One of the thus far unblogged about features of the month just passed was the number of very fundamentally different meetings I was called upon to attend.
Meetings are both boon and bane when it comes to getting things done. Without meetings decisions don’t get taken, policies don’t implemented. But the more meetings that one is required to attend, the less one actually gets done in the field.
Probably the most significant meeting, if you call it that, that I was called upon to attend in January had nothing to do with council business. It was a weekend spent in Nottingham as part of my Congregational Federation foundation course. Caroline is also taking the same course, which meant the twins were forced to endure the 260-mile round trip with us, much to their obvious chagrin. One saving grace was that the accommodation at the Congregational Federation headquarters, in which we would normally have stayed, was occupied by students, so we and the others on the course were billeted at the Ibis Hotel, which of course is much more practical for a family group. A very productive and fulfilling weekend in which many new faces were seen and new friends met was rounded off splendidly by a group viewing of Match Of The Day in the small hotel bar.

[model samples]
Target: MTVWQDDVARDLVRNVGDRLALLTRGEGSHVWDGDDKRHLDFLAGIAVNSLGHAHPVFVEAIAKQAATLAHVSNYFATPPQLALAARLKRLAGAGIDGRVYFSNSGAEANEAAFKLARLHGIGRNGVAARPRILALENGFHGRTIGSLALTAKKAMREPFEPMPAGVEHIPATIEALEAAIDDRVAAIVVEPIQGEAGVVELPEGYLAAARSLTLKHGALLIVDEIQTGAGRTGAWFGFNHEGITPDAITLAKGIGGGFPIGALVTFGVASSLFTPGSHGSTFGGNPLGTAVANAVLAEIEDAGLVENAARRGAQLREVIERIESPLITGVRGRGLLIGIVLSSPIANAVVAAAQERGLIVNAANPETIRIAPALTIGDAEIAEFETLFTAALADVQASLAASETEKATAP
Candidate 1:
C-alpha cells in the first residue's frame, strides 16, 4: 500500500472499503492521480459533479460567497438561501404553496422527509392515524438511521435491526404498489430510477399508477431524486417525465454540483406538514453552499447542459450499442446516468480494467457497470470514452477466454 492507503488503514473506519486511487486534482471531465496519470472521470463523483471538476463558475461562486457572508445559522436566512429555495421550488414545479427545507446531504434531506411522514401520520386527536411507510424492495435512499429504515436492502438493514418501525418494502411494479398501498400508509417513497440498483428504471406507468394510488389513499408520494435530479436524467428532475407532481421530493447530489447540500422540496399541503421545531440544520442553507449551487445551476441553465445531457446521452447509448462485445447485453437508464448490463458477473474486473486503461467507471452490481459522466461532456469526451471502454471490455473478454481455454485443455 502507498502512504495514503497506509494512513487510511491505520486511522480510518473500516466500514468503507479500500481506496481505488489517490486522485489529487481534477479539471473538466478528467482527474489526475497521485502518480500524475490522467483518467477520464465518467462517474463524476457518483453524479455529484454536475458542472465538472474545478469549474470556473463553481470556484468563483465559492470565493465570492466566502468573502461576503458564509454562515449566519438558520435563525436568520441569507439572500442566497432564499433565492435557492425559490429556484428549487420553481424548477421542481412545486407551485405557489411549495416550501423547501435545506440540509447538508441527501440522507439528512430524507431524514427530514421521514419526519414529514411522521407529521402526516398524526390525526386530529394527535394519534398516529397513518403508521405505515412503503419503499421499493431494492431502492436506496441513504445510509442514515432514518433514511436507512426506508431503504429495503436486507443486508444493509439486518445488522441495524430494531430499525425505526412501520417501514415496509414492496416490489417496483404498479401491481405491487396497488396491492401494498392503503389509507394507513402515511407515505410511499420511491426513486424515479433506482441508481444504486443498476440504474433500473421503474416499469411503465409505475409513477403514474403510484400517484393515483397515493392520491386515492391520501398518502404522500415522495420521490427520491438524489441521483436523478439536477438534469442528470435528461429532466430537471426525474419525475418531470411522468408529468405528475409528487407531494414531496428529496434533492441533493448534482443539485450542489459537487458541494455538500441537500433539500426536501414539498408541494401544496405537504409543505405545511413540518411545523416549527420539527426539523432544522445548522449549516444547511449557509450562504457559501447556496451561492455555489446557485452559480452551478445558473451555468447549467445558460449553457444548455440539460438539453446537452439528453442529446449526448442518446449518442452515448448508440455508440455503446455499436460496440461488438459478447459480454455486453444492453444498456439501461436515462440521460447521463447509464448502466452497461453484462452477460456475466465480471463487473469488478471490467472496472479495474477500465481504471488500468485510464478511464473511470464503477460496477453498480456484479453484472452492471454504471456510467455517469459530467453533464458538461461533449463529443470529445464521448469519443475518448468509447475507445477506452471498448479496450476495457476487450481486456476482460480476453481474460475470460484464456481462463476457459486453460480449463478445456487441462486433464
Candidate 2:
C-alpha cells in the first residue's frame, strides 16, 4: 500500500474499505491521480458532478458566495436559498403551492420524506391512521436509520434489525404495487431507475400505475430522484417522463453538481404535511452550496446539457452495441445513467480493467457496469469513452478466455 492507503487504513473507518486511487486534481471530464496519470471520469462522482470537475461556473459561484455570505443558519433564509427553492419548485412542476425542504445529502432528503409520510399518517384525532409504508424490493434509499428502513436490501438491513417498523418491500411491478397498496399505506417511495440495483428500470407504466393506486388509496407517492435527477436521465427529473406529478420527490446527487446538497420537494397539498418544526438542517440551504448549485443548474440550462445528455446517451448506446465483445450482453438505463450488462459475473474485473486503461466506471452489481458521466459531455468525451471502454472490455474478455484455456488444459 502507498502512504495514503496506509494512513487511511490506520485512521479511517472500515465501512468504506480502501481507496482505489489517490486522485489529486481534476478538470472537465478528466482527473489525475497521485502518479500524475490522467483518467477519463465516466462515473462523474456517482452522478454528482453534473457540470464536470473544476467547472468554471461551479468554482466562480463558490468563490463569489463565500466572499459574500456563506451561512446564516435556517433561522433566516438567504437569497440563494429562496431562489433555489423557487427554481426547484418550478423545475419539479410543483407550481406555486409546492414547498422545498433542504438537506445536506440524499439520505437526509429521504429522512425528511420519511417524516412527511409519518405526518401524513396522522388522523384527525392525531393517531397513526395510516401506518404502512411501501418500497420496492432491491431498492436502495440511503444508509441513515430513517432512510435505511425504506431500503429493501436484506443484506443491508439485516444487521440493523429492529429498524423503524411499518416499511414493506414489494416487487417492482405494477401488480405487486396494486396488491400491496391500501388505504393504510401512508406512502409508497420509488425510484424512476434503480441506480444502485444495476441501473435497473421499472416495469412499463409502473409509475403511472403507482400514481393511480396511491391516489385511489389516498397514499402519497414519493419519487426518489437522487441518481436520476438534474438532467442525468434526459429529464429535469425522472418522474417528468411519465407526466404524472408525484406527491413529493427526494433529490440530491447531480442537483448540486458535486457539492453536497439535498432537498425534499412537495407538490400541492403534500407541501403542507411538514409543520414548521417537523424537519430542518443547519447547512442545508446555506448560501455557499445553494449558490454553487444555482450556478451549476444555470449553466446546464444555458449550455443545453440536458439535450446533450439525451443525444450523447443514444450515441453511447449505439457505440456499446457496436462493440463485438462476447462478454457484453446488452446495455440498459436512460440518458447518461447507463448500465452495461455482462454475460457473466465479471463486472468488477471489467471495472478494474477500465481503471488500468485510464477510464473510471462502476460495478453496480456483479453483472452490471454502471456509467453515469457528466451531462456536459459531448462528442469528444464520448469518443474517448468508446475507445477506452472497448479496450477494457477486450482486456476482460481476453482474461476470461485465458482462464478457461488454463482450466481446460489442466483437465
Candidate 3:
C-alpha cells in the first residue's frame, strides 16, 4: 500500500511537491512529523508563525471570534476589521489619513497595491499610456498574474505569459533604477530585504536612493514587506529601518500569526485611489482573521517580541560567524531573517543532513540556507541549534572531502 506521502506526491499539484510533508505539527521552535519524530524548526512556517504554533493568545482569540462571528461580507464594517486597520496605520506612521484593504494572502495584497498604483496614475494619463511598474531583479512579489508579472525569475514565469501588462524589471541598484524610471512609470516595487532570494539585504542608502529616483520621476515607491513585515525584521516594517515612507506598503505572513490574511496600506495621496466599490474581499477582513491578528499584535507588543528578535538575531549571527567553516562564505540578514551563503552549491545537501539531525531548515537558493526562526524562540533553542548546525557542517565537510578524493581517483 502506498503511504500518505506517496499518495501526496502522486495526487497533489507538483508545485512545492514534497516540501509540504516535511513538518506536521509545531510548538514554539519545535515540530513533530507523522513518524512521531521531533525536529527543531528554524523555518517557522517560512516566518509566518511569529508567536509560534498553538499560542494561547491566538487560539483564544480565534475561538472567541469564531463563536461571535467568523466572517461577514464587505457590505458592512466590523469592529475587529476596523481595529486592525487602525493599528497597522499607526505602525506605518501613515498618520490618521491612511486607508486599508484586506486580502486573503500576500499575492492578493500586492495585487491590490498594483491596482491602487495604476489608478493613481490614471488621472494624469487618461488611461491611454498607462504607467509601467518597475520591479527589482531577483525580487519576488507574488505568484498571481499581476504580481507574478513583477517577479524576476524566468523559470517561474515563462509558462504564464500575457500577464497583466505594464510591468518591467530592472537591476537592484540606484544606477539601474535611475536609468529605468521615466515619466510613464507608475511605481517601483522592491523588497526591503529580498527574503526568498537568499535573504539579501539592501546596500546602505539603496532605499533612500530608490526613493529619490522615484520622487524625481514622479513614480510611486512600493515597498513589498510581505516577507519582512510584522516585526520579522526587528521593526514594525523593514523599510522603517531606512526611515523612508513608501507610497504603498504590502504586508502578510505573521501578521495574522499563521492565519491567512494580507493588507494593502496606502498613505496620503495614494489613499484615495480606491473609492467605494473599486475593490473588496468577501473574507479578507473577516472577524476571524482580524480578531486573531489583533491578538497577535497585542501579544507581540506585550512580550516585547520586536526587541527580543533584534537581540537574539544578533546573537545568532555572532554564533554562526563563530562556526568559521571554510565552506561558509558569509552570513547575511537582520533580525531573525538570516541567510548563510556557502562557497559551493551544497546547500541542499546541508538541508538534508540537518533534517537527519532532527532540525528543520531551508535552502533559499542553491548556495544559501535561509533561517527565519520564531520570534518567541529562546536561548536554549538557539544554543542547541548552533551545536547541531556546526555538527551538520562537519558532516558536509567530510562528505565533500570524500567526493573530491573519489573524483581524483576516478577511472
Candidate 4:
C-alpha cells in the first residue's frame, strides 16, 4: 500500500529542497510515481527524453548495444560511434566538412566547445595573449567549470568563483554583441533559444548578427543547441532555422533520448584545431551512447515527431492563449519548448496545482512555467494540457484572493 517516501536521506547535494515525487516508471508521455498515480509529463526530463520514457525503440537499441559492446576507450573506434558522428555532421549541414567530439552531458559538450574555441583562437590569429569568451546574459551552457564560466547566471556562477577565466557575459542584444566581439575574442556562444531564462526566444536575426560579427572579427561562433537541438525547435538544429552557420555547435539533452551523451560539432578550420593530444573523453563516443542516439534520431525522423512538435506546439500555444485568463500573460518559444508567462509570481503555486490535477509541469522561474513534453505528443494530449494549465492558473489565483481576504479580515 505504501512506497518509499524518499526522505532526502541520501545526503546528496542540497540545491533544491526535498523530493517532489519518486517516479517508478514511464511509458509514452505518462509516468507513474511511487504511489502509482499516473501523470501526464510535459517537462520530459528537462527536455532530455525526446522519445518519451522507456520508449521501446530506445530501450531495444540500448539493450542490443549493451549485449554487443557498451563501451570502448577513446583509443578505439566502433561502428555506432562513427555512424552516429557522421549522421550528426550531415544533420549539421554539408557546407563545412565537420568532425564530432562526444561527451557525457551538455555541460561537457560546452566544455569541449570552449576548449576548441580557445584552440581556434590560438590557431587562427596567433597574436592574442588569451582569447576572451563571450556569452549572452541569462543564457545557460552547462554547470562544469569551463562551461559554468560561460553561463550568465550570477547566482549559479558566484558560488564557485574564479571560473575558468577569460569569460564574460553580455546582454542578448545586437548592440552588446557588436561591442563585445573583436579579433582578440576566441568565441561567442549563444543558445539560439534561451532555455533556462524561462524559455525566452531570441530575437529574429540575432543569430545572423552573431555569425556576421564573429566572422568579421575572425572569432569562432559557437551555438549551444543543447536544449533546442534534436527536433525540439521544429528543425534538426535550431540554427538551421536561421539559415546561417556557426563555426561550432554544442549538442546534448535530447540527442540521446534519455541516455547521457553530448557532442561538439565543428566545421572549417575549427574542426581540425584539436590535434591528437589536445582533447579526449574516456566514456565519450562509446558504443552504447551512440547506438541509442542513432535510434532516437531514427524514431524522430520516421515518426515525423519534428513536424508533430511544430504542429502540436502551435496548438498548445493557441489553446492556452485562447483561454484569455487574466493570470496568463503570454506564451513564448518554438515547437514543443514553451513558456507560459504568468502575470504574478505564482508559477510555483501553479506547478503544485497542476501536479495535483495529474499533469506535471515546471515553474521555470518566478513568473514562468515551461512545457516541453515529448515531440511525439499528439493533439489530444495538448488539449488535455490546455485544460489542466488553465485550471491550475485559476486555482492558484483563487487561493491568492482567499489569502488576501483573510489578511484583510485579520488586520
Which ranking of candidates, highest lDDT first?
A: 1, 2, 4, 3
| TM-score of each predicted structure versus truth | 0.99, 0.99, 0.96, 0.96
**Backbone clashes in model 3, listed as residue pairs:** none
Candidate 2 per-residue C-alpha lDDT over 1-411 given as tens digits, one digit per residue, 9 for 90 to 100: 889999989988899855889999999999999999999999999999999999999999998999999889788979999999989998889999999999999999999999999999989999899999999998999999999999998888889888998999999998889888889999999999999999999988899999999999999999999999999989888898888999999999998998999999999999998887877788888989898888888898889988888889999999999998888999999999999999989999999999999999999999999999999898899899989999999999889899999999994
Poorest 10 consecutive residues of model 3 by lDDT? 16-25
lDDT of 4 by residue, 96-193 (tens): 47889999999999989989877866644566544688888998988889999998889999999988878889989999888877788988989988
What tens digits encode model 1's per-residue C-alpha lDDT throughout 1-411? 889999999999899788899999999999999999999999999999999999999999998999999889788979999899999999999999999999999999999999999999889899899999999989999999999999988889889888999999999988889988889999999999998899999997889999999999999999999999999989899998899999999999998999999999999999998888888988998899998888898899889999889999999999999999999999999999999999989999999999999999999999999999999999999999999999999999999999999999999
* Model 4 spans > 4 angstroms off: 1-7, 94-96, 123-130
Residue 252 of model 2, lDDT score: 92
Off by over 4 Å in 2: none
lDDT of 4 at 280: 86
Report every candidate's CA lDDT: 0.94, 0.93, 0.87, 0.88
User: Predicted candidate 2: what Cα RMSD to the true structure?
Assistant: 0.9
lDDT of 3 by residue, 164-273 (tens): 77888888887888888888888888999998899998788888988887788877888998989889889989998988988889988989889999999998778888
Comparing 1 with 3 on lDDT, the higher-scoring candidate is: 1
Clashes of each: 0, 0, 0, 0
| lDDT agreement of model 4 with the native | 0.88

Many of January’s meetings inevitably featured the Housing Revenue Account budget, with both the government-induced rent hike and the controversy surrounding my recommendation, passed by Borough Council, to use housing reserve funds to help facilitate tenant empowerment on our estates. Meetings with LBH Housing officers, finance bigwigs, Hounslow Homes and HFTRA, as well as with our coalition partners in the Conservative Group, presented me with the opportunity to explain the rationale for embarking upon such a radical venture.
Much was talked about at meetings in the local community too. A consultation exercise over plans to dramatically improve Isleworth Recreation Centre and Isleworth Library by bringing them together into a modern leisure hub were enthusiastically received, despite some initial, and in my view unnecessary teething problems in the consultation process. Meanwhile residents of Old Isleworth heard of the slow but continuing progress being made on the introduction of traffic reduction measures down by the river, and much liaising with residents continued to take place in connection with the proposed footpath along the bank of the Thames in the grounds currently occupied by Nazareth House.
At the Annual General Meeting of the ICG members showed great determination to step up our communication with those we serve, and to raise funds and expand membership still further in this most crucial year. And the point was agreed by everybody present that the most important meeting that any ICG activist will ever participate in takes place on the doorstep.